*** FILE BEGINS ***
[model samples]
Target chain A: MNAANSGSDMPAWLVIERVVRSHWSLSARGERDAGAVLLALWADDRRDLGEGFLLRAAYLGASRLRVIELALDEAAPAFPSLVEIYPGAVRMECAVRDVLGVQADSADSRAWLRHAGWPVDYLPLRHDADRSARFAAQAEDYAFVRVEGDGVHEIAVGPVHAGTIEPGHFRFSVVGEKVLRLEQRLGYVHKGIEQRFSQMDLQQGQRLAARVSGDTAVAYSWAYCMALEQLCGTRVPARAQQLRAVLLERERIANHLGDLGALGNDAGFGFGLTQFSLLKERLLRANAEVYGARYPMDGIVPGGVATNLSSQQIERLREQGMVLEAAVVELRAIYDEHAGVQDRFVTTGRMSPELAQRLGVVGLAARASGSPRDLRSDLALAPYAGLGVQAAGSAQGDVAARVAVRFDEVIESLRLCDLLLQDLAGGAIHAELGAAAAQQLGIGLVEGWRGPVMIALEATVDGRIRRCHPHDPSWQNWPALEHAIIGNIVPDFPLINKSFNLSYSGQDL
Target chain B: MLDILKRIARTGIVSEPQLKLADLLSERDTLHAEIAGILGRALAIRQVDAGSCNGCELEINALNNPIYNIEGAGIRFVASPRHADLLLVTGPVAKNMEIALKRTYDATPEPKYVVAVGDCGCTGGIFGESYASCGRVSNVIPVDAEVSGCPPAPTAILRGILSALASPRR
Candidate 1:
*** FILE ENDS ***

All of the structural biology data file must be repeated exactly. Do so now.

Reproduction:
[model samples]
Target chain A: MNAANSGSDMPAWLVIERVVRSHWSLSARGERDAGAVLLALWADDRRDLGEGFLLRAAYLGASRLRVIELALDEAAPAFPSLVEIYPGAVRMECAVRDVLGVQADSADSRAWLRHAGWPVDYLPLRHDADRSARFAAQAEDYAFVRVEGDGVHEIAVGPVHAGTIEPGHFRFSVVGEKVLRLEQRLGYVHKGIEQRFSQMDLQQGQRLAARVSGDTAVAYSWAYCMALEQLCGTRVPARAQQLRAVLLERERIANHLGDLGALGNDAGFGFGLTQFSLLKERLLRANAEVYGARYPMDGIVPGGVATNLSSQQIERLREQGMVLEAAVVELRAIYDEHAGVQDRFVTTGRMSPELAQRLGVVGLAARASGSPRDLRSDLALAPYAGLGVQAAGSAQGDVAARVAVRFDEVIESLRLCDLLLQDLAGGAIHAELGAAAAQQLGIGLVEGWRGPVMIALEATVDGRIRRCHPHDPSWQNWPALEHAIIGNIVPDFPLINKSFNLSYSGQDL
Target chain B: MLDILKRIARTGIVSEPQLKLADLLSERDTLHAEIAGILGRALAIRQVDAGSCNGCELEINALNNPIYNIEGAGIRFVASPRHADLLLVTGPVAKNMEIALKRTYDATPEPKYVVAVGDCGCTGGIFGESYASCGRVSNVIPVDAEVSGCPPAPTAILRGILSALASPRR
Candidate 1: